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1 of 1 people found the following review helpful By SW on 15 Oct. 2010
Format: Paperback
This book was a present, and it took me a few years to get around to reading it. The opening appealed to me as the lead feels orphaned at 28 when is Da dies. I loved the dark humour and throw away comments. A very clever and funny book.
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4 of 5 people found the following review helpful By Mike P on 7 April 2006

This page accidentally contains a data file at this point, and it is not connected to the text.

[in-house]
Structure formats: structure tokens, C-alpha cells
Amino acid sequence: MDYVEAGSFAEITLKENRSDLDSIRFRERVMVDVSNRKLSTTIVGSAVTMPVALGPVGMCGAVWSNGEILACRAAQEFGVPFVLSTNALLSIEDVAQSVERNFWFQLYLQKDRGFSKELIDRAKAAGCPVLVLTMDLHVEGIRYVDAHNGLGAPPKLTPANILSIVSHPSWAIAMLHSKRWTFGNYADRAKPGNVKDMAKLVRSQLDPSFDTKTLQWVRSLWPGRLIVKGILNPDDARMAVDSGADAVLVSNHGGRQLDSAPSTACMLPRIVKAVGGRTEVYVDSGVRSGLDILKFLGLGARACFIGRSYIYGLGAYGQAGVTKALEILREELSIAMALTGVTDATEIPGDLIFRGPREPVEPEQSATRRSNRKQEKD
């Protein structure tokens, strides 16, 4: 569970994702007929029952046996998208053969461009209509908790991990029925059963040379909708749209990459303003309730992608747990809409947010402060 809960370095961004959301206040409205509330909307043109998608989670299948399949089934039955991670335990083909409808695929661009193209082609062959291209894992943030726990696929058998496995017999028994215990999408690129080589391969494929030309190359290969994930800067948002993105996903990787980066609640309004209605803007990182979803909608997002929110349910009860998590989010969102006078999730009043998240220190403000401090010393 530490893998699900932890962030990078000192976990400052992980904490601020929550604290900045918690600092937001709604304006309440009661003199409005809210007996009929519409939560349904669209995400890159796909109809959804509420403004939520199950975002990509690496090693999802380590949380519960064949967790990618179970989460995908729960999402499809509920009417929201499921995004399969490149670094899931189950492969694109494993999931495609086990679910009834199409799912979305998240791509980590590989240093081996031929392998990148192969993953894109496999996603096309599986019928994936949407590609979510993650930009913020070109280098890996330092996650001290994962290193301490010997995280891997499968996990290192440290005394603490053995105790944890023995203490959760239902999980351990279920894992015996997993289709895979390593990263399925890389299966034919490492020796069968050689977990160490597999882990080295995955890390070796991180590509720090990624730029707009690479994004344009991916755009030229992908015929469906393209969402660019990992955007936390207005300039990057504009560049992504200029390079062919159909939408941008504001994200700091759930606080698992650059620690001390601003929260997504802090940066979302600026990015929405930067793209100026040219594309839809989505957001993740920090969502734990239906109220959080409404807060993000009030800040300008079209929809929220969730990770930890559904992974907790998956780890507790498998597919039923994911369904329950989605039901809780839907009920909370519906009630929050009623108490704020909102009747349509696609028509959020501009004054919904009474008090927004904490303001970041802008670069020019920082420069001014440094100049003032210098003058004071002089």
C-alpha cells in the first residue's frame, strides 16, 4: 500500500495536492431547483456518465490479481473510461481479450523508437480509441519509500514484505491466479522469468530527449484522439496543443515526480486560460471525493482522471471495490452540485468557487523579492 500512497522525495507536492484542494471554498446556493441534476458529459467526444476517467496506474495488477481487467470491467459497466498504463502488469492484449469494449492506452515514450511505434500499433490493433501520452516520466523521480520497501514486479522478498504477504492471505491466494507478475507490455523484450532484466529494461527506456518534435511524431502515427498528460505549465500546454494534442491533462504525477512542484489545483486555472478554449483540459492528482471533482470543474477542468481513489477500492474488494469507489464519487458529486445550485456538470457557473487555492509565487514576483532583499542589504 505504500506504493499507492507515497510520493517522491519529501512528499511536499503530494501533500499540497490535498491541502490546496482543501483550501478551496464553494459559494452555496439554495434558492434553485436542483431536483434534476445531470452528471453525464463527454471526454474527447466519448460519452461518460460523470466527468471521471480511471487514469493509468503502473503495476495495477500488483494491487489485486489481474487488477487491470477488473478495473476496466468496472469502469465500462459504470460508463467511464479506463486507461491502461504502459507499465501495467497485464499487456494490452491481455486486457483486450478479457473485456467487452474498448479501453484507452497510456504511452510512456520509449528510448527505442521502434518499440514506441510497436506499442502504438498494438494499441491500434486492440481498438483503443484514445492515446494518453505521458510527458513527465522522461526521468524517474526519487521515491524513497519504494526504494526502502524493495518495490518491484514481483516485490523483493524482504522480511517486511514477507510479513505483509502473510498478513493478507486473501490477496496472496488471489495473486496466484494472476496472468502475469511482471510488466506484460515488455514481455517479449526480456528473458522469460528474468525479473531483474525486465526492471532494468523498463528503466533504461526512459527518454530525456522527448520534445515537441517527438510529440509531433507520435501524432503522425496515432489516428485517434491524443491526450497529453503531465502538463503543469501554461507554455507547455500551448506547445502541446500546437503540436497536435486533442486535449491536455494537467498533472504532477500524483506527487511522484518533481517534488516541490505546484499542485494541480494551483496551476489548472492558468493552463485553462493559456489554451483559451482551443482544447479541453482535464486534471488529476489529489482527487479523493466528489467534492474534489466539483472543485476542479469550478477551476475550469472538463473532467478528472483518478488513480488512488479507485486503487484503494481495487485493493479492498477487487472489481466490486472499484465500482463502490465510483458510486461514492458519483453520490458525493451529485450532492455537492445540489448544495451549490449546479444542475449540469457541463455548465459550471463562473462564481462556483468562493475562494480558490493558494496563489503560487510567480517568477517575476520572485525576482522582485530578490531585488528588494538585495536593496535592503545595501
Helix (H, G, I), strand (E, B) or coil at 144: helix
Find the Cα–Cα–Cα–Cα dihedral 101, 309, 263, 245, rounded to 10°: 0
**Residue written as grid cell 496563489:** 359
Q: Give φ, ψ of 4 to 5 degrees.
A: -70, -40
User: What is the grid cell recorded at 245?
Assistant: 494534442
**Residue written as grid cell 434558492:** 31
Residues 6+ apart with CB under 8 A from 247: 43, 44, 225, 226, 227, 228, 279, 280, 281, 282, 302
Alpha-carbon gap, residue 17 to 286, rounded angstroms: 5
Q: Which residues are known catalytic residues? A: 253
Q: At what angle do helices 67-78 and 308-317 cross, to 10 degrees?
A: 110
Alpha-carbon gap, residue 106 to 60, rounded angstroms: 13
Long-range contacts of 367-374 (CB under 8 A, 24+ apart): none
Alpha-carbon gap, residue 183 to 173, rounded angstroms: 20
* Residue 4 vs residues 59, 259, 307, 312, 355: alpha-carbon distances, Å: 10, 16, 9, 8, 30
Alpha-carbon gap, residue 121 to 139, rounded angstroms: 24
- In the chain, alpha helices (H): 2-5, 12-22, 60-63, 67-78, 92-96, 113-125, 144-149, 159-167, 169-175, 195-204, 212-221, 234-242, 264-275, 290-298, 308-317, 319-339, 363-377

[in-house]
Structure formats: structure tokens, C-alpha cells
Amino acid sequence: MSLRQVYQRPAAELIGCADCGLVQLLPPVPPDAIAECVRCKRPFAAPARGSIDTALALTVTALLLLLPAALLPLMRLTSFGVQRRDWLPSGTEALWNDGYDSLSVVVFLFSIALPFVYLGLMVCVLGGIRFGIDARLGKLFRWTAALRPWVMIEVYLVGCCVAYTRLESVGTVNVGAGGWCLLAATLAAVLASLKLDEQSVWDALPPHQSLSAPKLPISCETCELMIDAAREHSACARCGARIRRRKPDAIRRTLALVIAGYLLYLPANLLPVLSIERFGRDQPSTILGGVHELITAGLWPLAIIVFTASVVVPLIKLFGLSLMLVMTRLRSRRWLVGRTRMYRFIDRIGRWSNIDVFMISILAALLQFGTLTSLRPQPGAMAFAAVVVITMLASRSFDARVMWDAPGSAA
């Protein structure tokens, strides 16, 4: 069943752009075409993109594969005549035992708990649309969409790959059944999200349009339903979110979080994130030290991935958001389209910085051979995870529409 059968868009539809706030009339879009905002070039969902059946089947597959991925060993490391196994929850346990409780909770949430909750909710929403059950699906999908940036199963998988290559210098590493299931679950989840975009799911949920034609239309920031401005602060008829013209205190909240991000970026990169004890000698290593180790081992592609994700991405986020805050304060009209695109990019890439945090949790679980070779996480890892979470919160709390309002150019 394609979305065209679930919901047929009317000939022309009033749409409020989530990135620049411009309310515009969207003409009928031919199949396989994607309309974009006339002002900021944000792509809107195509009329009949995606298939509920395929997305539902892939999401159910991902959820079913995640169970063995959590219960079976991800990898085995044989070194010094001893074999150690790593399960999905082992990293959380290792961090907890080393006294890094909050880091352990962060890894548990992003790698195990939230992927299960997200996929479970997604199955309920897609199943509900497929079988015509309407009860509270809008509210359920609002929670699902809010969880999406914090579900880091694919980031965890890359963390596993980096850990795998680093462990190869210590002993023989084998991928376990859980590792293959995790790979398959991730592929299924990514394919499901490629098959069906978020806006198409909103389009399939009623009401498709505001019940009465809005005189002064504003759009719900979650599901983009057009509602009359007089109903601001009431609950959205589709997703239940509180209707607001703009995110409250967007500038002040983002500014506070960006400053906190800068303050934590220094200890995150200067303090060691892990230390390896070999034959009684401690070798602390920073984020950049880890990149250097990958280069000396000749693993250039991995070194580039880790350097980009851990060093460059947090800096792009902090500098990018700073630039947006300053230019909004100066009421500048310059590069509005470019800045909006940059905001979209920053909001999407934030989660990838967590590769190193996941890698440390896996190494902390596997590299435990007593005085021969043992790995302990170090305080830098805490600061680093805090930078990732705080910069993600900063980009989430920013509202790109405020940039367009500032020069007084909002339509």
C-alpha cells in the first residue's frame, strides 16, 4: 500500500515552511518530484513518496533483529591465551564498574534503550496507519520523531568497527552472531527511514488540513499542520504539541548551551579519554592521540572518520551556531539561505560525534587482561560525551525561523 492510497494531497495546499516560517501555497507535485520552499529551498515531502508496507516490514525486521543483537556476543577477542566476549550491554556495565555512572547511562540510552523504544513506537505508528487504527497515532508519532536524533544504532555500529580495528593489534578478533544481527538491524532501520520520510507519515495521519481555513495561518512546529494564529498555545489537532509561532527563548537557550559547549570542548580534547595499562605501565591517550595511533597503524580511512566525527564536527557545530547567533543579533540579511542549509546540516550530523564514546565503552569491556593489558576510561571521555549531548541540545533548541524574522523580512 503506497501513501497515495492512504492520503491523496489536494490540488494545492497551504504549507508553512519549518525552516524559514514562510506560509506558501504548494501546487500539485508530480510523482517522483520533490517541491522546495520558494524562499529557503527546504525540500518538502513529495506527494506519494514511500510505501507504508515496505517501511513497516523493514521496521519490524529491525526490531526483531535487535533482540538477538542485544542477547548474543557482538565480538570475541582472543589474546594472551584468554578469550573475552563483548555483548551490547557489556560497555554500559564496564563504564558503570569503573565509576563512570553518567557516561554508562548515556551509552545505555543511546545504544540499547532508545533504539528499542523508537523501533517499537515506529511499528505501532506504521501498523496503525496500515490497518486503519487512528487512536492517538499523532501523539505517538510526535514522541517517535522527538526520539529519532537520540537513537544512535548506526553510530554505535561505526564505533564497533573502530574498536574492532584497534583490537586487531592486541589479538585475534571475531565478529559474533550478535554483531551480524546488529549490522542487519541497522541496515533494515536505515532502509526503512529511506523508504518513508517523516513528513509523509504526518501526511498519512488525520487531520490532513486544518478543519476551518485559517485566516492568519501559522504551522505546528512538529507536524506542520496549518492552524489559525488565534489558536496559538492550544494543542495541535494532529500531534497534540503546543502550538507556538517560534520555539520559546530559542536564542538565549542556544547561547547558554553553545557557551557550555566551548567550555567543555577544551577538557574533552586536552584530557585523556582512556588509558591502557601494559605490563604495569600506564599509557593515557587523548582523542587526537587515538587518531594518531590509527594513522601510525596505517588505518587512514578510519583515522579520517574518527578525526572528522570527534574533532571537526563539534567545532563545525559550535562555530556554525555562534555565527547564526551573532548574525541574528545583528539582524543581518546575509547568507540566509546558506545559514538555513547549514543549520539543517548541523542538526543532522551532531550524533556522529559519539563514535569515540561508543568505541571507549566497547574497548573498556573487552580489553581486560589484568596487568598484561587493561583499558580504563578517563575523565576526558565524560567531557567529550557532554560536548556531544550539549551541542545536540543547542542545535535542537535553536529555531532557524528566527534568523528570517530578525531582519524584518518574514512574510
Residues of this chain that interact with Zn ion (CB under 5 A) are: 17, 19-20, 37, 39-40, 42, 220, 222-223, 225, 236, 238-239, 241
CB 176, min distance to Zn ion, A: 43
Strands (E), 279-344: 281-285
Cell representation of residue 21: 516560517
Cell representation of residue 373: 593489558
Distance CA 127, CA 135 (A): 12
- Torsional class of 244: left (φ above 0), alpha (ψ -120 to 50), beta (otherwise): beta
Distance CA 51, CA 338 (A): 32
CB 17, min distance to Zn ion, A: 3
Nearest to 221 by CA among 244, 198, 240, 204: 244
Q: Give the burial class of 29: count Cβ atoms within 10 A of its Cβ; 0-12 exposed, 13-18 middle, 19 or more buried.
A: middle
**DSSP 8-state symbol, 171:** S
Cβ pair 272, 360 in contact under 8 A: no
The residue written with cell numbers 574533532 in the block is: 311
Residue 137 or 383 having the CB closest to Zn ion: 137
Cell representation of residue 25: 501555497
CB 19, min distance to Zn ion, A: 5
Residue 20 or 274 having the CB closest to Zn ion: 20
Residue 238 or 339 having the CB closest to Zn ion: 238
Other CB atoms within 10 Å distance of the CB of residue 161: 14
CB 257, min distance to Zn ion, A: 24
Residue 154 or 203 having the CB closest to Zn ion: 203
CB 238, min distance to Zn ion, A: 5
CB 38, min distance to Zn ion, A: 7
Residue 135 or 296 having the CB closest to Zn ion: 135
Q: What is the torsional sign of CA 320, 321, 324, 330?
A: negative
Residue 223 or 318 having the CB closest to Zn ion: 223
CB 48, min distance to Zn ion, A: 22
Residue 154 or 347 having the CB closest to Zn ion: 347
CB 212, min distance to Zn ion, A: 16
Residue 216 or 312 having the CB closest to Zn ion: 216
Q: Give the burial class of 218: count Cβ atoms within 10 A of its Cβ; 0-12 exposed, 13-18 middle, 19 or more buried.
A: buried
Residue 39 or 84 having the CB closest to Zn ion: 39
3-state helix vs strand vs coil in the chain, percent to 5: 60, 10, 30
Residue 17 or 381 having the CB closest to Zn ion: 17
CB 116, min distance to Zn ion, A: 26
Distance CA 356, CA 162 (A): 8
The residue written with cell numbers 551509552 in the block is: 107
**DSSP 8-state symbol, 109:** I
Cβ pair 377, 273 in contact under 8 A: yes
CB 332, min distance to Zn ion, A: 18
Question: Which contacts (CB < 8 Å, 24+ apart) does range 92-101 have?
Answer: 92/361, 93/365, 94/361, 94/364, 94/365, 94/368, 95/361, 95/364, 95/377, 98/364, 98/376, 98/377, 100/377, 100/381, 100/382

Format: Paperback
After reading the first couple of pages, I laughed so hard I followed through, but seeing as I was reading it on the toilet at the time, it wasn't so bad.
Bateman incorporates black and un-pc humour in an excellent novel. Prepare for a journey among the odd folk of Crossmaheart, where prejudice exists with a capital P. From the Police to the old folk, no-one gives a damn (or even has one to give for that matter).
Read it and laugh, then lend it to your family - marvellous stuff!!